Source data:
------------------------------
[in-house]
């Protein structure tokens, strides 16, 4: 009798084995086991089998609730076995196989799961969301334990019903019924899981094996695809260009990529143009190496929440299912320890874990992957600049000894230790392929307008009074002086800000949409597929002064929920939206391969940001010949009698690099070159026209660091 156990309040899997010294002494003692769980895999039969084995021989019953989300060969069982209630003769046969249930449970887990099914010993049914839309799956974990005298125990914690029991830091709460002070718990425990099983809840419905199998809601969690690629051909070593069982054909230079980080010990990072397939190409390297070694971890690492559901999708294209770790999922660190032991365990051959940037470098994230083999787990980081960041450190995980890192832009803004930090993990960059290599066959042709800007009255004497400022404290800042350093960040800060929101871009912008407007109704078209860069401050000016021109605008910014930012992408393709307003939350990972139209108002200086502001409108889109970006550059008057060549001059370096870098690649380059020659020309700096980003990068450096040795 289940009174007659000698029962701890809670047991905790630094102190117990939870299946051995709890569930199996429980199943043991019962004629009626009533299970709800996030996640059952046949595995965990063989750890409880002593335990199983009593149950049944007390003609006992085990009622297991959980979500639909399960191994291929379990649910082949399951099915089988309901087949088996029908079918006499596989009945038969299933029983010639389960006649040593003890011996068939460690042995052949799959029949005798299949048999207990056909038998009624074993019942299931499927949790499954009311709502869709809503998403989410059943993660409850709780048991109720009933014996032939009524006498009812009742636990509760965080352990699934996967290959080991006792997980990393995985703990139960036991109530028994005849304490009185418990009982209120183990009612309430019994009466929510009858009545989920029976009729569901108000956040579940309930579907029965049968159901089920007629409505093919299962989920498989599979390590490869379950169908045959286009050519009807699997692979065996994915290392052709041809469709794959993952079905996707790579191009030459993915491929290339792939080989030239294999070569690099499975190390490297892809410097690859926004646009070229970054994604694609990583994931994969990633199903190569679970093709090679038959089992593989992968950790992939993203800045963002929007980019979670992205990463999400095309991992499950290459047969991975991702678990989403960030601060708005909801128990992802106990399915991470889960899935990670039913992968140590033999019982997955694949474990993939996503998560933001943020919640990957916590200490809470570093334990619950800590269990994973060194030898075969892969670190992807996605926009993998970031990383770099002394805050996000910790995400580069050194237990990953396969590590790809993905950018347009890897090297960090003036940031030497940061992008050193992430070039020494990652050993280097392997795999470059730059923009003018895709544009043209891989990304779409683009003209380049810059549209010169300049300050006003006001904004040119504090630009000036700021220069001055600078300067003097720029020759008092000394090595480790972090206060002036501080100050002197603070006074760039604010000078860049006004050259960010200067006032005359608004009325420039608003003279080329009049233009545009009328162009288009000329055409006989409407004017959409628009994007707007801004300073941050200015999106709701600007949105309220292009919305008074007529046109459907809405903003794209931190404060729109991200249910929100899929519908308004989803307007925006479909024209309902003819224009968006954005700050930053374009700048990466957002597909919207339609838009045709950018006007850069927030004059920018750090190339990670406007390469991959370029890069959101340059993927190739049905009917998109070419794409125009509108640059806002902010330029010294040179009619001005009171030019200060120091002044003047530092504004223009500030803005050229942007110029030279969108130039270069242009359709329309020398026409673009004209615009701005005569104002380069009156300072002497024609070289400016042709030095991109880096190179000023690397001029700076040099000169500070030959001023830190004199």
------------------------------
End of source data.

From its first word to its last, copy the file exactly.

[in-house]
């Protein structure tokens, strides 16, 4: 009798084995086991089998609730076995196989799961969301334990019903019924899981094996695809260009990529143009190496929440299912320890874990992957600049000894230790392929307008009074002086800000949409597929002064929920939206391969940001010949009698690099070159026209660091 156990309040899997010294002494003692769980895999039969084995021989019953989300060969069982209630003769046969249930449970887990099914010993049914839309799956974990005298125990914690029991830091709460002070718990425990099983809840419905199998809601969690690629051909070593069982054909230079980080010990990072397939190409390297070694971890690492559901999708294209770790999922660190032991365990051959940037470098994230083999787990980081960041450190995980890192832009803004930090993990960059290599066959042709800007009255004497400022404290800042350093960040800060929101871009912008407007109704078209860069401050000016021109605008910014930012992408393709307003939350990972139209108002200086502001409108889109970006550059008057060549001059370096870098690649380059020659020309700096980003990068450096040795 289940009174007659000698029962701890809670047991905790630094102190117990939870299946051995709890569930199996429980199943043991019962004629009626009533299970709800996030996640059952046949595995965990063989750890409880002593335990199983009593149950049944007390003609006992085990009622297991959980979500639909399960191994291929379990649910082949399951099915089988309901087949088996029908079918006499596989009945038969299933029983010639389960006649040593003890011996068939460690042995052949799959029949005798299949048999207990056909038998009624074993019942299931499927949790499954009311709502869709809503998403989410059943993660409850709780048991109720009933014996032939009524006498009812009742636990509760965080352990699934996967290959080991006792997980990393995985703990139960036991109530028994005849304490009185418990009982209120183990009612309430019994009466929510009858009545989920029976009729569901108000956040579940309930579907029965049968159901089920007629409505093919299962989920498989599979390590490869379950169908045959286009050519009807699997692979065996994915290392052709041809469709794959993952079905996707790579191009030459993915491929290339792939080989030239294999070569690099499975190390490297892809410097690859926004646009070229970054994604694609990583994931994969990633199903190569679970093709090679038959089992593989992968950790992939993203800045963002929007980019979670992205990463999400095309991992499950290459047969991975991702678990989403960030601060708005909801128990992802106990399915991470889960899935990670039913992968140590033999019982997955694949474990993939996503998560933001943020919640990957916590200490809470570093334990619950800590269990994973060194030898075969892969670190992807996605926009993998970031990383770099002394805050996000910790995400580069050194237990990953396969590590790809993905950018347009890897090297960090003036940031030497940061992008050193992430070039020494990652050993280097392997795999470059730059923009003018895709544009043209891989990304779409683009003209380049810059549209010169300049300050006003006001904004040119504090630009000036700021220069001055600078300067003097720029020759008092000394090595480790972090206060002036501080100050002197603070006074760039604010000078860049006004050259960010200067006032005359608004009325420039608003003279080329009049233009545009009328162009288009000329055409006989409407004017959409628009994007707007801004300073941050200015999106709701600007949105309220292009919305008074007529046109459907809405903003794209931190404060729109991200249910929100899929519908308004989803307007925006479909024209309902003819224009968006954005700050930053374009700048990466957002597909919207339609838009045709950018006007850069927030004059920018750090190339990670406007390469991959370029890069959101340059993927190739049905009917998109070419794409125009509108640059806002902010330029010294040179009619001005009171030019200060120091002044003047530092504004223009500030803005050229942007110029030279969108130039270069242009359709329309020398026409673009004209615009701005005569104002380069009156300072002497024609070289400016042709030095991109880096190179000023690397001029700076040099000169500070030959001023830190004199």